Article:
Saturday, June 27, 2015

Ann Eliza Bleecker

The headstone of Ann Eliza Bleecker in the Dutch Reformed section of the Church Grounds is nearly illegible.  One can just make out the name carved in the worn marble and it gives little detail about the life of this early American poet and novelist.

The daughter of Brandt and Margaretta Schuyler, Ann Eliza was born in 1752.  She grew up in a wealthy family and was well educated.  From an early age, she showed a very strong interest in literature and frequently wrote verses.  She did not write for publication, but would often send her verses to family and close friends.

In 1769, she married John James Bleecker, Esq. of New Rochelle and moved to Poughkeepsie.  A few years later, the couple settled on a farm near the Tomhannock Creek in Schaghticoke.  At "Tomhanick," Bleecker had built a comfortable house on a "little eminence" with a "pleasing prospect."  The house had a beautiful garden with a view of the Creek, an orchard at the edge of the forest, and was surrounded by meadows and cultivated fields.  Beyond the house was, as Ann Eliza described it, "the ample shadow of that solemn ridge of pine."  Young Mrs. Bleecker loved her garden and would gather seeds from her plants to scatter along the brook and in the woods.

The Bleeckers had two young daughters, Margaretta and Abella, and what seems to have been an almost idyllic life until the summer of 1777 when the Revolutionary War came dangerously close to home.  With rumors of British soldiers and their Loyalist and Native allies advancing towards the area and the memory of the 1711 Schaghticoke Massacre still reasonably fresh in the minds of their neighbors, John Bleecker went to Albany to arrange the evacuation of his family.

Not long after her husband left, frightened by an inaccurate report that a raiding party was within two miles of the village, Ann Eliza took her two young daughters and a mulatto servant girl and fled (on foot and by wagon) south to Lansingburgh. Her husband met her there and took her to Red Hook in Dutchess Coutny where she joined her mother and sister.  Unfortunately, her infant daughter Abella died of illness during the flight and, not long after, Ann Eliza's mother and sister also died.

After the British were defeated at Saratoga, the Bleeckers returned to Tomhanick.  In 1781, John Bleecker was abducted by what may have been a Loyalist party.  He was realized a week later at Bennington, but Ann Eliza, pregnant and still devastated by the death of her mother, sister, and daughter, suffered a miscarriage.  She never truly recovered from the trauma of the war and her personal losses; her daughter, Margaretta, would later describe her as often alternating between gaiety and good humor and bouts of melancholy during which she would burns writings that did not reflect her dark mood.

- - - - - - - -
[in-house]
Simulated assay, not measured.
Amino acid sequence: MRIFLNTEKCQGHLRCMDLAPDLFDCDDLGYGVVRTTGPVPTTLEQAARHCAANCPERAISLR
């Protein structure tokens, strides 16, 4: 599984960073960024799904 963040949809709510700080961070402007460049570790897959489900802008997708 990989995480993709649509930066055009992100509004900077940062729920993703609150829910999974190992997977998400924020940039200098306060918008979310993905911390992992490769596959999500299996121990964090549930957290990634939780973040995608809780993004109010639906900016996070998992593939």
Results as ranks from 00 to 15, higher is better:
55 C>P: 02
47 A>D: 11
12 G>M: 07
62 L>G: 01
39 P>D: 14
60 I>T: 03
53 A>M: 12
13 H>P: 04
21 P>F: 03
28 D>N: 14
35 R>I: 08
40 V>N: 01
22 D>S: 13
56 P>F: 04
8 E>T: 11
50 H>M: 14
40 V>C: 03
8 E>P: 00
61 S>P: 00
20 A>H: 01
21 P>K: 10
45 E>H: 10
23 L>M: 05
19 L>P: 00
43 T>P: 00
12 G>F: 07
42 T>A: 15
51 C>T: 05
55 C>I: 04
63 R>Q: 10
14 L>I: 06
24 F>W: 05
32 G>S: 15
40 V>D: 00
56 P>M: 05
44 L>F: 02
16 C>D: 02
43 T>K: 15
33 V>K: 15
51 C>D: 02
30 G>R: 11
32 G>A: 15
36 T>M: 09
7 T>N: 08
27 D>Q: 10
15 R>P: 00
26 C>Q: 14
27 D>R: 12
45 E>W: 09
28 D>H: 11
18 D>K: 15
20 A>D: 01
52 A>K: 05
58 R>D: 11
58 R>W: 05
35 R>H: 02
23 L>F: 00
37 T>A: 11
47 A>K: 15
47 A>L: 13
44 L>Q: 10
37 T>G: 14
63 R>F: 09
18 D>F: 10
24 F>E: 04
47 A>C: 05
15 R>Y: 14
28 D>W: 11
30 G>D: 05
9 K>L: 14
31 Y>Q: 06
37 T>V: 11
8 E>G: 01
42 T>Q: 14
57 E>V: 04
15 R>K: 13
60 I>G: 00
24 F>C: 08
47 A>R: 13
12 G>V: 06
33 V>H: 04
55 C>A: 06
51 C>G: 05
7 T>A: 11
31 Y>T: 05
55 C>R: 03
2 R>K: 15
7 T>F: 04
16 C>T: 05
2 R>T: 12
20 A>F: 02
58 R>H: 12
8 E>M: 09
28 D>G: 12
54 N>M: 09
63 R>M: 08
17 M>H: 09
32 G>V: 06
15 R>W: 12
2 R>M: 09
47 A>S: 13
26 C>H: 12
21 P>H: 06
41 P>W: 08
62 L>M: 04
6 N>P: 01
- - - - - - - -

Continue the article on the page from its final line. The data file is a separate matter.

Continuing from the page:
Ann Eliza Bleecker's health failed and she died at the age of thirty-two on November 23, 1783.  She was buried in the Dutch Reformed Church's graveyard, then located on Beaver Street just east of South Pearl Street.  Eventually, her grave was moved to the State Street Burying Grounds and, ultimately, the Church Grounds at the Rural Cemetery.  The headstone does not mark her exact grave site;  over the years, the old markers have been moved, stacked, and rearranged so that they do not actually correspond to individual graves.

Ann Eliza Bleecker never published her writings during her life time.  After her death, her daughter, Margaretta Van Wyck Faugeres, collected and published the surviving manuscripts. 

Her works included The History of Maria Kittle, an early Gothic novel and captivity narrative.  It is a graphic story, based in part of the 1711 Schaghticoke Massacre and her own fears during the war, which was told in the form of letters.  In a similar vein, she also wrote a story based on a gruesome murder near Pittstown in which James Yates murder his wife, four children (from inant to 6) along with all of his livestock).  The disoriented Yates then appeared naked at his parents home saying he believed he had been killing hostile Indians.  In a posthumously published article attributed to Ann Eliza, it was reported that Yates was interrogated in the Bleecker's Schaghticoke home before being transported to the Albany jail. 

The published works also included a number of poems, many describing her pleasant pre-war life at Tomhanick as well as the more tragic and frightening experiences of the Revolution (such as Written in retreat from Burgoyne)  These poems were published along with various essays and miscellaneous works.  The complete volume can be found online here.


  1. Nice to see a photo of her headstone. An article touching on her and her writing:

    Broderick, Warren. "Fiction Based on 'Well-Authenticated Facts': Documenting the Birth of the American Novel." Hudson River Valley Review 4(2). September 1987. 1-37.

  2. Glad my Instagram account helped you to find her grave! I'm a PhD student at Rutgers University and am writing part of my dissertation on her. I just recently taught her in my early American women writers class and they all thoroughly enjoyed her (more than half the class wrote their final paper on her)! She's a fascinating but an often forgotten early US writer and I wish there was some way to restore her grave.